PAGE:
Biden reverses Trump rule and shuts down half of Alaska oil reserve to new drilling

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Biden reverses Trump rule and shuts down half of Alaska oil reserve to new drilling
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The Biden administration has reversed a Trump-era rule and is shutting down almost half of a pristine Alaskan wildnerness area to fossil fuel drilling.

The Bureau of Land Management (BLM), an agency under the Department of Interior, announced on Monday the closure of 48 per cent of the federally-owned National Petroleum Reserve, located on the edge of Arctic Ocean, to oil and gas projects.

The new guidelines reverse a December 2020 rule, issued in the waning days of the Trump administration, which saw 82 per cent of the 36,000-square mile tract opened to oil and gas development.

The Biden administration guidelines revert back to those issued in 2013 under former President Barack Obama.

The new BLM rules come after President Joe Biden signed an executive order on his first day in office putting a temporary moratorium on oil and gas lease activities on federal lands.

The National Petroleum Reserve in Alaska occupies most of the state’s western Arctic Ocean coastline, along with thousands of square miles of inland tundra. In addition to potential oil and gas deposits, the area is home to Arctic wildlife such as caribou (also known as reindeer), walrus and salmon, according to the non-profit Alaska Wilderness League.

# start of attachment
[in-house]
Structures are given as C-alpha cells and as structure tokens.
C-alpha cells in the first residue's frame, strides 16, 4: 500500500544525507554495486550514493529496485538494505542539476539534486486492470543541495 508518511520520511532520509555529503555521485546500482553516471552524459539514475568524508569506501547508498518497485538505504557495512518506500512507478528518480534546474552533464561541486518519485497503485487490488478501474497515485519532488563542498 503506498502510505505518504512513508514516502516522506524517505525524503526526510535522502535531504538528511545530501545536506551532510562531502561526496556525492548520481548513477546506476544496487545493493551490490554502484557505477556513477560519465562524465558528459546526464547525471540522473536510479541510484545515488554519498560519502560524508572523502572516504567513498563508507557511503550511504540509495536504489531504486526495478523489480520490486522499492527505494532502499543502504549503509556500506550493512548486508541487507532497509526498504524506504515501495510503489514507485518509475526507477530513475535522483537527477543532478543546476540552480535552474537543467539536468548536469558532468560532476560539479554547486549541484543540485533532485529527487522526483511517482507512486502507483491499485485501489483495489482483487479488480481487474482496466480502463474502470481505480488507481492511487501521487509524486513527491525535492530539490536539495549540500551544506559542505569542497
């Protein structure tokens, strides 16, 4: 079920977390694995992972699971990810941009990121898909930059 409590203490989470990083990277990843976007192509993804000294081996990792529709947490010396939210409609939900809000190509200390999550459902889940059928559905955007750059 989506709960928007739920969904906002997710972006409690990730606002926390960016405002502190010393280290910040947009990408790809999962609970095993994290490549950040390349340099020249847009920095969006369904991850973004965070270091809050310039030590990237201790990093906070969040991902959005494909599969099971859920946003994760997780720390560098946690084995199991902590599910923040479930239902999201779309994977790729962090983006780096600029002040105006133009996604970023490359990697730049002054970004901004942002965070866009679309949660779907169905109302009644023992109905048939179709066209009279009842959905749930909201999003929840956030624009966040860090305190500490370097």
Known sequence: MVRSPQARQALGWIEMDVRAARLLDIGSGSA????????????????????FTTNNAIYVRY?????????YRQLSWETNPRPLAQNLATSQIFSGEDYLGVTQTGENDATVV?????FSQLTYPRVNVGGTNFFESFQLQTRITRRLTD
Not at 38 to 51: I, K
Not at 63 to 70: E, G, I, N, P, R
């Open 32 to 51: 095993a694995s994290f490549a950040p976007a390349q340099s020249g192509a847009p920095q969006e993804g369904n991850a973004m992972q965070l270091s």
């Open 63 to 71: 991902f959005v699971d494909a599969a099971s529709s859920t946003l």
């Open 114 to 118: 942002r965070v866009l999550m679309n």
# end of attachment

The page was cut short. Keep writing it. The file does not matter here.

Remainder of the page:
The land is owned by the US government and managed by the Bureau of Land Management.

Unlike the nearby Arctic National Wildlife Refuge, which is managed by the US Fish and Wildlife Service, the National Petroleum Reserve was not created specifically for wildlife conservation but as a potential source of oil.

But the reserve contains ecologically-important areas nonetheless. The area around Teshekpuk Lake is a key habitat for the local caribou herd, as well as waterfowl like brant, the Alaska Wilderness League notes.

In addition, protections have been expanded around the Utukok River uplands, which is home to another caribou herd, as well as grizzly bears.

The reserve borders the communities of Wainwright, Nuiqsut, Atqasuk and Utqiagvik, the largest city on Alaska’s Arctic coastline with a population of almost 5,000 people. Many local residents are of Alaska Native descent.

The northern Alaska ecosystem is under immense threat from the climate crisis. The Arctic region is warming at more than twice the rate of the lower 48 states, according the US government’s latest national climate assessment.

The rapid heating, which is also causing the Arctic’s permafrost landscape to melt, is being driven by the burning of fossil fuels.

Alaska’s Republican Senator Dan Sullivan tweeted his displeasure at the new ruling. “@POTUS is NOT doing “all he can” to ease gas prices,” he tweeted.

Kristen Monsell, an attorney with the conservation non-profit the Center for Biological Diversity said in an emailed statement that the decision doesn’t do enough.

“Addressing the climate emergency means ending new fossil fuel extraction, and we can’t keep going in the opposite direction,” she wrote.

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